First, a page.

Wrong about Japan: Arab News-YouGov survey reveals Arab misconceptions

Wrong about Japan: Arab News-YouGov survey reveals Arab misconceptions
Japan's Emperor Naruhito attends a ceremony proclaiming his enthronement at the Imperial Palace in Tokyo on Oct. 22, 2019. In an Arab News-YouGov poll, 7 out of every 10 Arabs surveyed thought the Japanese emperor has the power to sign laws. (Issei Kato/Pool Photo via AP, File)
Updated 28 October 2019

Wrong about Japan: Arab News-YouGov survey reveals Arab misconceptions

Wrong about Japan: Arab News-YouGov survey reveals Arab misconceptions
  • A total of 3,033 Arabic speakers from 18 countries were interviewed in the survey
  • Many believe the Japanese invented mobile phones and created the personal computer

DUBAI: Nearly half the people in the Arab world believe the Japanese invented the mobile phone and more than a third think they also created personal computers, a new survey suggests.

The Arab News-YouGov poll, which highlights Arabs’ positive perceptions of Japan, has also revealed a number of misconceptions.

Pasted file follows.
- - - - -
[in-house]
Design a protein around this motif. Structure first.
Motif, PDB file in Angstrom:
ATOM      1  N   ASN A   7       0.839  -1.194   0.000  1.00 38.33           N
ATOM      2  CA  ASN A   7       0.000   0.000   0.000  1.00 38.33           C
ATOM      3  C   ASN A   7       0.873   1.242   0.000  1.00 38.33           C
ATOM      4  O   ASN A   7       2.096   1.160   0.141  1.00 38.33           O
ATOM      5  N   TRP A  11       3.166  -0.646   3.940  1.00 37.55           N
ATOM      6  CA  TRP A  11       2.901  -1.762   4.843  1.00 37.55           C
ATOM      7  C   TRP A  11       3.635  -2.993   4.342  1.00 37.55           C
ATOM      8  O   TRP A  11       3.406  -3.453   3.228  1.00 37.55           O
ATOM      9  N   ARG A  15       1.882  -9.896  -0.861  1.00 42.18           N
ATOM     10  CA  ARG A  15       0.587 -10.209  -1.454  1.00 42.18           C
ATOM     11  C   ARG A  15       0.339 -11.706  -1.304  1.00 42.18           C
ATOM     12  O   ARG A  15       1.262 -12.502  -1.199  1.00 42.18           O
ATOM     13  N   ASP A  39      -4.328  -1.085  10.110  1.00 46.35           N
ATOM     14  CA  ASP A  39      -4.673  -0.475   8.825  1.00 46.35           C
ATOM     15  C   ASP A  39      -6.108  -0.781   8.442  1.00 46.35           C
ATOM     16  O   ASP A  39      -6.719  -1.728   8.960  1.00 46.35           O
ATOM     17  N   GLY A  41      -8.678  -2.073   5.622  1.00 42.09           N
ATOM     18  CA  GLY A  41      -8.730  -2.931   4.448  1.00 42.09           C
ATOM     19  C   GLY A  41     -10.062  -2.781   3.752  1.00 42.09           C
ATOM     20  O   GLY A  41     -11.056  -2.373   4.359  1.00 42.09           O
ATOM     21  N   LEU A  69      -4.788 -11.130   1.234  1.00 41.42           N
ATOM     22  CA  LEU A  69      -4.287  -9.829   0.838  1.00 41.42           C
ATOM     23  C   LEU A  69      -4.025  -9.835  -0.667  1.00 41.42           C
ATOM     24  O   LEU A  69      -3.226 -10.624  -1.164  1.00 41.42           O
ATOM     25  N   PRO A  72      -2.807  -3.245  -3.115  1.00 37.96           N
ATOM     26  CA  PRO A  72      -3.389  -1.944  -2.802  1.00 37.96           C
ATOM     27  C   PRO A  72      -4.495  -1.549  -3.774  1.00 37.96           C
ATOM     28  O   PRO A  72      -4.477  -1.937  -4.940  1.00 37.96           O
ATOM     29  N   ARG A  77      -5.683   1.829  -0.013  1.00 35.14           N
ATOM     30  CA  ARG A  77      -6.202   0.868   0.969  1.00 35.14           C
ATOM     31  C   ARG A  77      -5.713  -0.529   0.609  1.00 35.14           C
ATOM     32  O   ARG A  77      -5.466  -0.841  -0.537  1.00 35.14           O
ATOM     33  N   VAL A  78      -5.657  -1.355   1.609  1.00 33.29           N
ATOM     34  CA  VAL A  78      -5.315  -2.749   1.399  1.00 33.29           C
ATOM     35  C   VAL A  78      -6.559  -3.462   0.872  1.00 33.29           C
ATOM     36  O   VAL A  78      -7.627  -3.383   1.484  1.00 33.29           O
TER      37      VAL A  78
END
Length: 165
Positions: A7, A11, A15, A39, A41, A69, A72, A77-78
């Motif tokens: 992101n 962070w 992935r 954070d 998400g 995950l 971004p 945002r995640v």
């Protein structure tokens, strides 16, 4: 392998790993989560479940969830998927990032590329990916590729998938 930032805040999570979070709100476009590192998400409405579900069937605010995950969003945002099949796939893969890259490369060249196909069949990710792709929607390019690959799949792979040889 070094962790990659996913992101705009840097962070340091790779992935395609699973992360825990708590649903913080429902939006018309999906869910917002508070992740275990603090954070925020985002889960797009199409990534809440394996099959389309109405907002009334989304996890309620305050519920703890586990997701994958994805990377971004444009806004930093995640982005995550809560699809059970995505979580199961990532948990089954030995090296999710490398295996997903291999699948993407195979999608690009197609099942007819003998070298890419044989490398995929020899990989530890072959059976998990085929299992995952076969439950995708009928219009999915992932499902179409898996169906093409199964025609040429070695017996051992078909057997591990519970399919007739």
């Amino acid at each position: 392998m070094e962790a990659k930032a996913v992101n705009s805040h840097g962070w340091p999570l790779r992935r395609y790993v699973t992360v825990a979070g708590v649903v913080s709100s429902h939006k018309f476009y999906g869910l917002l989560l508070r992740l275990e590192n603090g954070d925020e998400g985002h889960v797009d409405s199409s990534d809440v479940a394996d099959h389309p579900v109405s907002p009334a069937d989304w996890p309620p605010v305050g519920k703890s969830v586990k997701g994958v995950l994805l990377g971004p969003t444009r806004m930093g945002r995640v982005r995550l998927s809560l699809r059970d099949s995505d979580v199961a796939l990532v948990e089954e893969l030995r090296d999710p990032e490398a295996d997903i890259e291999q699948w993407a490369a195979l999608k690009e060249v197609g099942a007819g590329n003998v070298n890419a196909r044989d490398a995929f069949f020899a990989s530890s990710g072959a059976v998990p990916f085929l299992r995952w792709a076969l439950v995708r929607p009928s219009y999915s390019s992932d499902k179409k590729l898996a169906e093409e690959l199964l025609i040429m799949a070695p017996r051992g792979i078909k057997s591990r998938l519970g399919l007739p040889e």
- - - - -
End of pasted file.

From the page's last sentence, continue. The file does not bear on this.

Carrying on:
Arabs are misinformed about Japan’s executive authority, with 30 percent thinking the emperor has the power to sign laws. An even bigger number — 45 percent — believe Japan has a nuclear bomb.

Based on online interviews with 3,033 Arabic speakers from 18 countries, the poll was commissioned by Arab News as part of the recent launch of its Japan online edition.

Such misconceptions among Arabs were attributed by experts to several factors, including how history is taught, knowledge gaps across generations and the use of technology.

Politics

Ignorance of Japanese politics was also common among the respondents, almost half of whom said Japan was a member of the UN Security Council. Nine percent thought Japan’s military was aligned with North Korea.

Japan’s history of earthquakes and natural disasters, including the 2012 Fukushima nuclear plant disaster, appears to have influenced Arab perceptions. Close to half of the respondents associated Japan with earthquakes, despite its advanced infrastructure for managing natural disasters.

Dr. Theodore Karasik, senior adviser at Gulf State Analytics in Washington, DC, said mobile phones were a useful tool to eliminate misconceptions. “The way Japanese society uses mobile phones provides an interesting cross-cultural reference point regarding use of public space and being better informed,” he said.

And who invented them? That was Marty Cooper, a US engineer, in 1973.